Exploring & Unwinding In Molokai, Hawaii

Tripoto
12th Jun 2014

Kalawao

Photo of Exploring & Unwinding In Molokai, Hawaii by Sandi McKenna

Lovely Beach at Molokai

Photo of Exploring & Unwinding In Molokai, Hawaii by Sandi McKenna
Photo of Exploring & Unwinding In Molokai, Hawaii by Sandi McKenna

A trip to Molokai is an elixir for your mind, body and spirit. It is a great stress reliever, a delicious departure from day to day life, an escape to the extraordinary. It is a place to experience new things, challenge your limits, come face to face with your fears, soak in tradition and history, bask in the the sunlight, meditate in the mist, learn about local culture, breathe in the beauty of the island and its people, soul search or simply relax.

Molokai, is 25 minute puddle-jumping commute from Oahu, with breathtaking views from the air. As always, we approached this trip with two completely different views. Rick, his adrenaline pumping from the start, excited to greet every challenge. Sandi on the other hand, not so much. Afraid of flying, afraid of heights and fearful of everything else in between and allowing fear get in the way of her experiencing something new has become a way of life.

Molokai is one of the most beautiful and spiritual places we’ve ever visited. It has the highest sea cliffs in the world, lush tropical vegetation, a fascinating history and a population of beautiful souls.  There is nothing touristy about Molokai. It is authentic, genuine and unpretentious. Molokai will forever hold a special place in our hearts.

When we heard about Molokai’s Kalaupapa Guided Mule Tour, Rick was ecstatic! The great outdoors, wild animals, the highest sea cliffs in the world, and a leper colony all were the makings of a great adventure. Sandi said “I can’t do it. It’s too high up, too dangerous, there are big animals involved, I’m scared, and I’ll just wait for you back at the barn.” With a little coaxing and the promise of a cold beer at the Hotel Molokai after the ride, Rick convinced Sandi to give it a try. Mule skinner, Hawaiian cowboy and co-owner of the Molokai Mule Ride, Buzzy Sproat matched us up with what he felt were mules that suited us perfectly. We were confident in his choices after he reassured us that he’d never seen a suicidal mule. In fact, he has expertly trained and matched mules to riders for over 30 years. From the cliff hugging 2.9 mile ride down the highest sea cliffs in the world to the extraordinary afternoon we spent learning about Kalaupapa, Father Damian and the struggles and courage of the people banished to the leper colony, we took off on what was one of our most spectacular adventures to date.
Photo of Kalaupap4a Mule Tour, Molo4kai, Kalae Highway, Kalaupapa, HI, United States by Sandi McKenna
Kalaupapa National Historical Park is bittersweet, not the kind of place you travel to buy souvenirs. It is the kind of place from which you bring back lasting memories. Novelist, poet, essayist, and travel writer, Robert Louis Stevenson described it as a prison fortified by nature. It is not easy to get to but so worth the effort. On the Hawaiian island of Molokai, it is surrounded by the crashing waves of the pacific ocean on three sides and 1,700 ft high sea cliffs on the other. There is to say the least, limited access to the peninsula. You can fly in by small plane, hike or ride on mule back down the 2.9 mile steep trail with 26 switchbacks and the most breathtaking views of the Pacific Ocean. Unless you are a guest of one of the few residents, the only way to visit is with Damien Tours. Very exclusive, only 100 people are permitted to enter daily, and that includes resident’s guests.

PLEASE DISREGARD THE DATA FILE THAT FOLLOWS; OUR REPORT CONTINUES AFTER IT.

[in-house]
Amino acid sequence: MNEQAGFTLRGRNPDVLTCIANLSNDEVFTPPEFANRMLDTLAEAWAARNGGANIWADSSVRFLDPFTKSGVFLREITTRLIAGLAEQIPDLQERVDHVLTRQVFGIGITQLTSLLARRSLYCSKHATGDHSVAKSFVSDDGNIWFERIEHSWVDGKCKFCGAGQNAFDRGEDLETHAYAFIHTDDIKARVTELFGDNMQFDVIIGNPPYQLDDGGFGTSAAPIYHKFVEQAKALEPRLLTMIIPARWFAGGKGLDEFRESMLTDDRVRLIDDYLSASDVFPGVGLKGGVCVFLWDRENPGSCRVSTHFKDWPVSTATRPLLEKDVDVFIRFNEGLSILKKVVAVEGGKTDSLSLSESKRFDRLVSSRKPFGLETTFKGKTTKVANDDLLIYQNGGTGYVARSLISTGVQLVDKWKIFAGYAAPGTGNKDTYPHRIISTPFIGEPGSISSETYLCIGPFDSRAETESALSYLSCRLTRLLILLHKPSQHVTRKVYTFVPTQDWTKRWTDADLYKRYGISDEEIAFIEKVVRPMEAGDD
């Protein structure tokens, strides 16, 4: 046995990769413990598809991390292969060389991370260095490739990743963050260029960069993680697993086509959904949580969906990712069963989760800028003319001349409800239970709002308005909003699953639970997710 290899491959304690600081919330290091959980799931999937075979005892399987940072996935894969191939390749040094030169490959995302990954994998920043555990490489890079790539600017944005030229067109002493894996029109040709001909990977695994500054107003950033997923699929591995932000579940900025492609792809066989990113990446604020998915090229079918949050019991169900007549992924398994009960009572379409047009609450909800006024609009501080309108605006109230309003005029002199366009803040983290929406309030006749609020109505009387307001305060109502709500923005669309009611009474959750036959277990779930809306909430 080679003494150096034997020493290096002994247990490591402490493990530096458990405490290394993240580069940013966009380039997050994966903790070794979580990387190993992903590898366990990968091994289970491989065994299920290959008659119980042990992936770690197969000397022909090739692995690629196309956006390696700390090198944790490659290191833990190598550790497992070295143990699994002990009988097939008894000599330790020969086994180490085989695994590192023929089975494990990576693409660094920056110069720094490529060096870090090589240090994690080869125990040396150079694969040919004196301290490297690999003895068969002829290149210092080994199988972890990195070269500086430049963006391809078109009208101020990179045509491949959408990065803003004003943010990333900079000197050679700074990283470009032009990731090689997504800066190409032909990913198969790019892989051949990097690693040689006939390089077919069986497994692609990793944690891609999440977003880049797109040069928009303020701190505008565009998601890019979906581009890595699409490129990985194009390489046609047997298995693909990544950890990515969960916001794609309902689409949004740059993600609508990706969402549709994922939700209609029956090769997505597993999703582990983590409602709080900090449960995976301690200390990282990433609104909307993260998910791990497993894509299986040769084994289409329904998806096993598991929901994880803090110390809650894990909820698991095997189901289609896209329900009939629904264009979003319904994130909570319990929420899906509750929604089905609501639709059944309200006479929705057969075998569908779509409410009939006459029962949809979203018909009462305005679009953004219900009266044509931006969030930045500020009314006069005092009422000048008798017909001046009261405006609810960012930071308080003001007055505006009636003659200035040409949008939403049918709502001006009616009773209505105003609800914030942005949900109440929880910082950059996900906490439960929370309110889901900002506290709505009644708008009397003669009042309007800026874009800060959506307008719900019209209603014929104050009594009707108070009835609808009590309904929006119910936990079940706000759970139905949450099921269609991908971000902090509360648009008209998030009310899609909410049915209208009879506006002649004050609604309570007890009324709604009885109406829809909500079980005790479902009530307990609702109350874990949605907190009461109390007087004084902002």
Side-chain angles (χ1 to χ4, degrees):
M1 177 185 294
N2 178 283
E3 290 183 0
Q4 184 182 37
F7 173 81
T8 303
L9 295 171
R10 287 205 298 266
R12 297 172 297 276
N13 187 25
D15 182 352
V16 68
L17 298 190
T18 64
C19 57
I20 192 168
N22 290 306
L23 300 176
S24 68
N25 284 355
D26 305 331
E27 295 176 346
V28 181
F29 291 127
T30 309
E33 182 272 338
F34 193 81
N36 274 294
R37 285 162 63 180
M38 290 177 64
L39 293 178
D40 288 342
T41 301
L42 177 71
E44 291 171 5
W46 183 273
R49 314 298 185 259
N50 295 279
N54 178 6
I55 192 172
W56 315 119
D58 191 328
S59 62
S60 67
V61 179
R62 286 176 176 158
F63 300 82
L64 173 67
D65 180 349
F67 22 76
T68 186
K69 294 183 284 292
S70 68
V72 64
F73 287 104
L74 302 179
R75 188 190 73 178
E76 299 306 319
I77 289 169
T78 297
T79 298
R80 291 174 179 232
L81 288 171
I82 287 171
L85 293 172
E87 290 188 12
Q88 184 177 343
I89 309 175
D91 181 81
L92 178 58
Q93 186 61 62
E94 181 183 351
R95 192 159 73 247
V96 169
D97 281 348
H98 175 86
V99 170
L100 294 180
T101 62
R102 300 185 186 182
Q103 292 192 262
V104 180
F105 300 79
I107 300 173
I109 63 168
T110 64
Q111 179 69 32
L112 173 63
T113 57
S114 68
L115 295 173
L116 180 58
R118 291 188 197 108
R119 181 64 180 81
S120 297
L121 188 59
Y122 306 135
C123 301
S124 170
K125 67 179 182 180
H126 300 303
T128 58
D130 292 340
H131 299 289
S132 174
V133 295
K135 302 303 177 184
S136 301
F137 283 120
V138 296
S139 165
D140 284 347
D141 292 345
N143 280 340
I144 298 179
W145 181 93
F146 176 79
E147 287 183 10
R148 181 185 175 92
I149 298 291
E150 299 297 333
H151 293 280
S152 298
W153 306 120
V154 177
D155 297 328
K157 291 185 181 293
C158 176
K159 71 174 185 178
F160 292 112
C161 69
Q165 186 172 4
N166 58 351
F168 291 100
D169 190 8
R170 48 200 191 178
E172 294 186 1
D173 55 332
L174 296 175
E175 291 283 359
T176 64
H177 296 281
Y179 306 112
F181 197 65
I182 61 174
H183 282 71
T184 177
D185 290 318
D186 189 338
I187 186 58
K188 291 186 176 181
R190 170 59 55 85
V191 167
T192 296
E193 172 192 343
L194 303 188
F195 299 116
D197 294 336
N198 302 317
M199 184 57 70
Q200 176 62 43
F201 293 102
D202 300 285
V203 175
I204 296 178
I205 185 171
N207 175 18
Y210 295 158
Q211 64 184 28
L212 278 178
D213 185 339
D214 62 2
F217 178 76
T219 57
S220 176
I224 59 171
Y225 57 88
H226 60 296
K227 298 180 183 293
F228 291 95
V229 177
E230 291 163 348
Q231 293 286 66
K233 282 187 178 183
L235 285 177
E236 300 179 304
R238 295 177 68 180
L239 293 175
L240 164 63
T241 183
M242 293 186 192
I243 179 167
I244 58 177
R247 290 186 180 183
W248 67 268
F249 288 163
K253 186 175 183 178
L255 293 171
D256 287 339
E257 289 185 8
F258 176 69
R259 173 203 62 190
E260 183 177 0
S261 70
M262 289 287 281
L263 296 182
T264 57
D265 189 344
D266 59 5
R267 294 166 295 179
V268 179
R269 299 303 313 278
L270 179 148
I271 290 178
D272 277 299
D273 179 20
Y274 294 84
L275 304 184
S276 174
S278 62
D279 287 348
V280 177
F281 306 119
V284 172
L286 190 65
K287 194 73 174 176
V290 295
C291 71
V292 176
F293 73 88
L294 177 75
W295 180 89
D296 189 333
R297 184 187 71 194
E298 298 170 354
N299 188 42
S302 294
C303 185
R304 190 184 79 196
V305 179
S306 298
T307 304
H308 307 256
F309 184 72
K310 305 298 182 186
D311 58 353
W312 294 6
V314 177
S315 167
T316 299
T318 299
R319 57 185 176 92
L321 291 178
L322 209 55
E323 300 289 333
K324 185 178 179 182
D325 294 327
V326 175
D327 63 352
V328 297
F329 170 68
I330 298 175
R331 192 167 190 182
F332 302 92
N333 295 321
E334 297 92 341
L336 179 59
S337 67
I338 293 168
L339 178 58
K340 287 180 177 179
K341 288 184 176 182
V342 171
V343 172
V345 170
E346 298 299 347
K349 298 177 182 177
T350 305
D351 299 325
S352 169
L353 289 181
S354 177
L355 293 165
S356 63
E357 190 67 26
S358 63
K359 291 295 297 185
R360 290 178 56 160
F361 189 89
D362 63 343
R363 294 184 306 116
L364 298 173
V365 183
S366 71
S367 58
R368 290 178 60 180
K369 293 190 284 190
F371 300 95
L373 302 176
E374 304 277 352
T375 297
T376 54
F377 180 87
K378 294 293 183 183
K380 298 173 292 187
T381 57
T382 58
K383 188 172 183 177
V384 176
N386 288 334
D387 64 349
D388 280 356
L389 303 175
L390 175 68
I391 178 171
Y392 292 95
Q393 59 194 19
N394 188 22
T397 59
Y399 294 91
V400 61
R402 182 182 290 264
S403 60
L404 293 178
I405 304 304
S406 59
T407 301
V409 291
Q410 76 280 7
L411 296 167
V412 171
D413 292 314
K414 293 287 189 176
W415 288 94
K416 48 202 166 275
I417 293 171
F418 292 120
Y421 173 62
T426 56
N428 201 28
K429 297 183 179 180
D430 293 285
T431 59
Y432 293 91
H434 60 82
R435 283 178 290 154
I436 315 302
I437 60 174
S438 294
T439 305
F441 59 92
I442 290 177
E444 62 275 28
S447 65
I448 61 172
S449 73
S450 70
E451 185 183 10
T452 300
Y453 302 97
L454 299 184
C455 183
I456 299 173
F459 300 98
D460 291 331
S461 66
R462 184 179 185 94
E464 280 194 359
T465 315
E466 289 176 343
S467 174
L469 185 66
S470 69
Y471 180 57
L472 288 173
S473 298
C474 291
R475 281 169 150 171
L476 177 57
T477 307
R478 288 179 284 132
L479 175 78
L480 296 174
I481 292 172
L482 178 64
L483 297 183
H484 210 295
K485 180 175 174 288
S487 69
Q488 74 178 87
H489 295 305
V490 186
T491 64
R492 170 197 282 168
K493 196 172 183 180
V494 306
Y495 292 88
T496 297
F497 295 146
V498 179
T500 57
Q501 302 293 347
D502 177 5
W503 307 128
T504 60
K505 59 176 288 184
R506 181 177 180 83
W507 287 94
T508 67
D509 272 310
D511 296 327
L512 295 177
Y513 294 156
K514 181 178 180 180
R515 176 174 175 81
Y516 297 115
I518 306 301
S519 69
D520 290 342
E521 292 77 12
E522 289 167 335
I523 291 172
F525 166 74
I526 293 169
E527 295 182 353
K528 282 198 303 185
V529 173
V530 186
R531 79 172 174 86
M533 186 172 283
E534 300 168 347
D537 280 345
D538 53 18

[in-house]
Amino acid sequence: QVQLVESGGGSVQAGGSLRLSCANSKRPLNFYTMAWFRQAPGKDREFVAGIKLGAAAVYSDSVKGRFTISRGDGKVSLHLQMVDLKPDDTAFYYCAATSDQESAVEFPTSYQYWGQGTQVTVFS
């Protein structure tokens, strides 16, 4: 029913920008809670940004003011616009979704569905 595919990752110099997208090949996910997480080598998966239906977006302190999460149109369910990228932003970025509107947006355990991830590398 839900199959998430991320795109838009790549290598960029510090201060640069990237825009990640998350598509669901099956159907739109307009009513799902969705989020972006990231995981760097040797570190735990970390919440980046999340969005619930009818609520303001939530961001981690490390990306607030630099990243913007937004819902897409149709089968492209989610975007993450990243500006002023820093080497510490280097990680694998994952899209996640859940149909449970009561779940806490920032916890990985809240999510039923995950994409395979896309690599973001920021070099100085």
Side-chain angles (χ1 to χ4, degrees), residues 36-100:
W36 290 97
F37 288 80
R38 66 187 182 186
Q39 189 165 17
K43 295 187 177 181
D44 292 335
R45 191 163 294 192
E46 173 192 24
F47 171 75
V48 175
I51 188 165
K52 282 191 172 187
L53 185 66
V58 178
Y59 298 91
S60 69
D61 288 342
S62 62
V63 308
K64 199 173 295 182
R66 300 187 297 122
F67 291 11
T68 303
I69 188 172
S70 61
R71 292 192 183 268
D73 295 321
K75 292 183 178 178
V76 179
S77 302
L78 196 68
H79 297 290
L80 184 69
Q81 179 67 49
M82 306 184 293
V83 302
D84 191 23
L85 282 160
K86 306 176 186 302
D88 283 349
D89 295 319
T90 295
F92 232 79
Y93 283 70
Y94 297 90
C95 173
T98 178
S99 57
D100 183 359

Photo of Kalaupapa National Historical Park, Kalaupapa, HI, United States by Sandi McKenna
After a 90 minute mule ride down the steep cliffs, we arrived on the beach that could have easily been a movie location. We parted company with our mules, leaving them in a shaded corral with our mule skinners (guides) and boarded a yellow school bus. The bus traveled on the single lane road on the leeward side of settlement and as we rolled along we saw no other vehicles. We made stops at the bookstore, a place to get a cold drink and Mother Marianne Cope’s burial site. After Father Damien was diagnosed with leprosy, it was Mother Marianne who ran the Bishop Home which housed 103 girls. She remained on the island until 1918 when she died at the age of 80.We drove past meticulously tended resident homes, a grocery store and the peninsula’s one and only gas station. It was eerily peaceful. We stopped at St. Francis Catholic Church where we were introduced to Father Patrick Killilea, a native of Ireland, who told us he felt he was destined to serve as pastor of St. Francis after a brief visit in 2004. His destiny was fulfilled in 2012. He holds service every Sunday, for 20+ parishioners of which about a half of a dozen are patient residents. Their presence is evident by the hand written notes they leave in pews for visitors requesting they not touch or use their bibles and hymnals.
We boarded the bus again heading to Kalawao on the windward side of the island. The ride is bumpy and dusty. We molokai Kalaupapastopped in front of St. Philomena’s church which Father Damien built, and to which his gravesite is adjacent. It is the only remaining building from the early settlement of Kalawao.
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